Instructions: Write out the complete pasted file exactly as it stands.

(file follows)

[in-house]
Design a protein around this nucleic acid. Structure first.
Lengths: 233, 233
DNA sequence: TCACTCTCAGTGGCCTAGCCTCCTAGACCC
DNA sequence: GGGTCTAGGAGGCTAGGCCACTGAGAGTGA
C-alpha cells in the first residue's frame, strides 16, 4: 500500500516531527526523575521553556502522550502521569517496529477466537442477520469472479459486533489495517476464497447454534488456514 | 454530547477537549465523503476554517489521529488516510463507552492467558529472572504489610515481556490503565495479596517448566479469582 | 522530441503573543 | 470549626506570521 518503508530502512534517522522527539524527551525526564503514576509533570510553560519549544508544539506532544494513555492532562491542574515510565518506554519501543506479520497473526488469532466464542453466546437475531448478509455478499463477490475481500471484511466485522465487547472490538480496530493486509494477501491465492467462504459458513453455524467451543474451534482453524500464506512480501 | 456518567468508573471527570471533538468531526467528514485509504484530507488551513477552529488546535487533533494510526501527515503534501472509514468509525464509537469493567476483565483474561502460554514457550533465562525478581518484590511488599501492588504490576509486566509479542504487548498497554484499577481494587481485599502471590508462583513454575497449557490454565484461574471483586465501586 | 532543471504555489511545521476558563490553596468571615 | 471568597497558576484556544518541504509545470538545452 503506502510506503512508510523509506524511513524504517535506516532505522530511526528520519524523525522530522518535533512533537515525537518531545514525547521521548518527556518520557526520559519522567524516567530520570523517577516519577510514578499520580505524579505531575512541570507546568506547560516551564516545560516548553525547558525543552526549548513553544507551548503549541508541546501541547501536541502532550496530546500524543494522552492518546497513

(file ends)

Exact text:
[in-house]
Design a protein around this nucleic acid. Structure first.
Lengths: 233, 233
DNA sequence: TCACTCTCAGTGGCCTAGCCTCCTAGACCC
DNA sequence: GGGTCTAGGAGGCTAGGCCACTGAGAGTGA
C-alpha cells in the first residue's frame, strides 16, 4: 500500500516531527526523575521553556502522550502521569517496529477466537442477520469472479459486533489495517476464497447454534488456514 | 454530547477537549465523503476554517489521529488516510463507552492467558529472572504489610515481556490503565495479596517448566479469582 | 522530441503573543 | 470549626506570521 518503508530502512534517522522527539524527551525526564503514576509533570510553560519549544508544539506532544494513555492532562491542574515510565518506554519501543506479520497473526488469532466464542453466546437475531448478509455478499463477490475481500471484511466485522465487547472490538480496530493486509494477501491465492467462504459458513453455524467451543474451534482453524500464506512480501 | 456518567468508573471527570471533538468531526467528514485509504484530507488551513477552529488546535487533533494510526501527515503534501472509514468509525464509537469493567476483565483474561502460554514457550533465562525478581518484590511488599501492588504490576509486566509479542504487548498497554484499577481494587481485599502471590508462583513454575497449557490454565484461574471483586465501586 | 532543471504555489511545521476558563490553596468571615 | 471568597497558576484556544518541504509545470538545452 503506502510506503512508510523509506524511513524504517535506516532505522530511526528520519524523525522530522518535533512533537515525537518531545514525547521521548518527556518520557526520559519522567524516567530520570523517577516519577510514578499520580505524579505531575512541570507546568506547560516551564516545560516548553525547558525543552526549548513553544507551548503549541508541546501541547501536541502532550496530546500524543494522552492518546497513